In my opinion the gesture of Pope Francis during the Year of Mercy was far more appropriate – and powerful – than Summorum Pontificum. In the Extraordinary Year of Jubilee 2016 he granted priests of the SSPX faculties to hear confessions and to absolve validly, and later extended those faculties indefinitely. This act of mercy was appropriate and fitting. It told the faithful that they were remembered and loved by the Church and by its Supreme Pontiff. It also communicated a powerful message to the leadership of the Society. Francis reminded them that it needed the universal Church. The SSPX claims that it receives its faculties directly from the Church, bypassing the bishops. In accepting faculties it is challenged to acknowledge the irregularity of its situation.
The irony of Summorum Pontificum is that at the time it was being prepared the SSPX was in crisis. From its very inception Lefebvre’s creation has been beset by division. Many in its leadership wish to reconcile with Rome while others regard any sort of recognition of the Second Vatican Council as anathema. The Society is thus paralyzed and incapable of moving forward. I suspect Francis realizes this. My own opinion is that the SSPX will return to Rome piecemeal, and that a small number will always remain intransigent.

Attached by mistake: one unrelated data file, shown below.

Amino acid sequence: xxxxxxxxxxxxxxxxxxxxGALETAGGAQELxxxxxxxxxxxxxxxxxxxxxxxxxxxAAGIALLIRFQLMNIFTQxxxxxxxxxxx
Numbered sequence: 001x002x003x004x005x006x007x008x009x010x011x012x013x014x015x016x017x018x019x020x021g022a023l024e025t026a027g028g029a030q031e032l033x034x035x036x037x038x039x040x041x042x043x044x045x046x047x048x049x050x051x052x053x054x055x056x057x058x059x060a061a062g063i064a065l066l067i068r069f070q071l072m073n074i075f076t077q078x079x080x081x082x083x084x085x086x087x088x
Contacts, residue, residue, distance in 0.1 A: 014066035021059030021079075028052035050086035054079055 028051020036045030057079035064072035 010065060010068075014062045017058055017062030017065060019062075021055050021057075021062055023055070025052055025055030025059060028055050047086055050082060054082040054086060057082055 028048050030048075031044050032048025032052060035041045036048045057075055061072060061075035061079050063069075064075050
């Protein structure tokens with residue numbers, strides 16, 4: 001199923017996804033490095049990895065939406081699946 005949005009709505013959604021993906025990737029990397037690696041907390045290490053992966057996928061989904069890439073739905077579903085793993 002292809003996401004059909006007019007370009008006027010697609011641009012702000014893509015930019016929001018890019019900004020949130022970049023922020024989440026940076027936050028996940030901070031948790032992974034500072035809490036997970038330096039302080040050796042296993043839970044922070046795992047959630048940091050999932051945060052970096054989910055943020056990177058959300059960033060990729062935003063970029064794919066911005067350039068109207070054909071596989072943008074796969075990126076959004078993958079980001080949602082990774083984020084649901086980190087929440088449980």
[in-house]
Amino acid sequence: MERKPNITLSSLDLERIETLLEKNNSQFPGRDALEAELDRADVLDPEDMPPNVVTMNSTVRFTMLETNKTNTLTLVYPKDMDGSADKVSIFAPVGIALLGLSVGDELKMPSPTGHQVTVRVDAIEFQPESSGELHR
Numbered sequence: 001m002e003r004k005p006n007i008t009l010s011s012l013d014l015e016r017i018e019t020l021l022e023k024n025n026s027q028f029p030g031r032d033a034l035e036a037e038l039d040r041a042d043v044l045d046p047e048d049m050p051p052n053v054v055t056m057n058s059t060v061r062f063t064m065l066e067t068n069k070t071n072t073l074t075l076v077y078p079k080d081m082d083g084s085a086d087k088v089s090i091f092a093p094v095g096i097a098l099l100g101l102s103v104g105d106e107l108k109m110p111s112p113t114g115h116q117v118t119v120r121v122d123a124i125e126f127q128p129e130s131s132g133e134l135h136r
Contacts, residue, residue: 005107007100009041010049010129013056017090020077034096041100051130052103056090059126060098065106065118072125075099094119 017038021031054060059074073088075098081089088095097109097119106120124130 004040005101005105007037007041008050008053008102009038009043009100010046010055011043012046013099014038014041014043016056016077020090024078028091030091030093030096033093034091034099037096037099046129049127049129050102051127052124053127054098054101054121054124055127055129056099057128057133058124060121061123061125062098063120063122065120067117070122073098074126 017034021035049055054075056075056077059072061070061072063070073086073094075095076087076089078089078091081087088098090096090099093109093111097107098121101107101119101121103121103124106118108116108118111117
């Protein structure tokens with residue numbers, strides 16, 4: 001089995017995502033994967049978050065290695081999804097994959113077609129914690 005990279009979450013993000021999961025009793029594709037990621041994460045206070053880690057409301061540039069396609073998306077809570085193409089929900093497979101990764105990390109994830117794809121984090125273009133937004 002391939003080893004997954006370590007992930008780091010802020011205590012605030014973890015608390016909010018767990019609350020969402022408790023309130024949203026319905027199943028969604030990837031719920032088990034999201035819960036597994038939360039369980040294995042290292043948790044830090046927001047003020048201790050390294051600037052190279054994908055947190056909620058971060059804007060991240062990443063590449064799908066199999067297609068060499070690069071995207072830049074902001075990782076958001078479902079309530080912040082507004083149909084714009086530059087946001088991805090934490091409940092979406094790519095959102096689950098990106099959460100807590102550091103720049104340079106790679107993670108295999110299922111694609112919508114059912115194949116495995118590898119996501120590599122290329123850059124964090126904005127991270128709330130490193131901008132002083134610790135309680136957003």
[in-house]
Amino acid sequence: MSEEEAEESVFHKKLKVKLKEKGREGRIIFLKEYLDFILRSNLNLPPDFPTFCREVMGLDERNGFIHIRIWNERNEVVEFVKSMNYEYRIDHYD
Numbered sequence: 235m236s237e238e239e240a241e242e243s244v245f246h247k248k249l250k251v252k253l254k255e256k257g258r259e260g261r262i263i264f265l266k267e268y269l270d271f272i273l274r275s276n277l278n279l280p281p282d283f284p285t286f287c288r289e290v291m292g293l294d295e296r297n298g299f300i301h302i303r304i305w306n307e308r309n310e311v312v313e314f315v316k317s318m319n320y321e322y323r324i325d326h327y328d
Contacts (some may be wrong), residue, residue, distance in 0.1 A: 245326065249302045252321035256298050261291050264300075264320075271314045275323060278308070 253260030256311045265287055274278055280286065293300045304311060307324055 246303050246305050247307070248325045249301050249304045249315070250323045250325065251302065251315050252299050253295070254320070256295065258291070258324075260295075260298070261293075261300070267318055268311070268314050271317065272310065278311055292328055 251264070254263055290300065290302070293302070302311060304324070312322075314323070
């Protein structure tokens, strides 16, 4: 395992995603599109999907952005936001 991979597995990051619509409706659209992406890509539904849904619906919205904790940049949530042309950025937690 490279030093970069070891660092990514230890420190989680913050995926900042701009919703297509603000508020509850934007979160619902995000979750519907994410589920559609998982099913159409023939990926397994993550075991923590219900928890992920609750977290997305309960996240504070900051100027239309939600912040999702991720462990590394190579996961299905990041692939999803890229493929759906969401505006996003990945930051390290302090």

Francis’s own motu proprio, Traditiones Custodes, restricting the use of the 1962 missal, has not undone the damage inflicted by Summorum Pontificum. That, I fear, can never be repaired. Still, his action was necessary. As the Holy Father has stated many times, the reforms of the Second Vatican Council are the expressions of the one, holy, Catholic and apostolic Church. They cannot be reversed. Neither is a reform of the reform (at least in the sense of reversing the changes) possible. Vatican II, authentically interpreted, enriches the Church for our own time, as other councils did for theirs.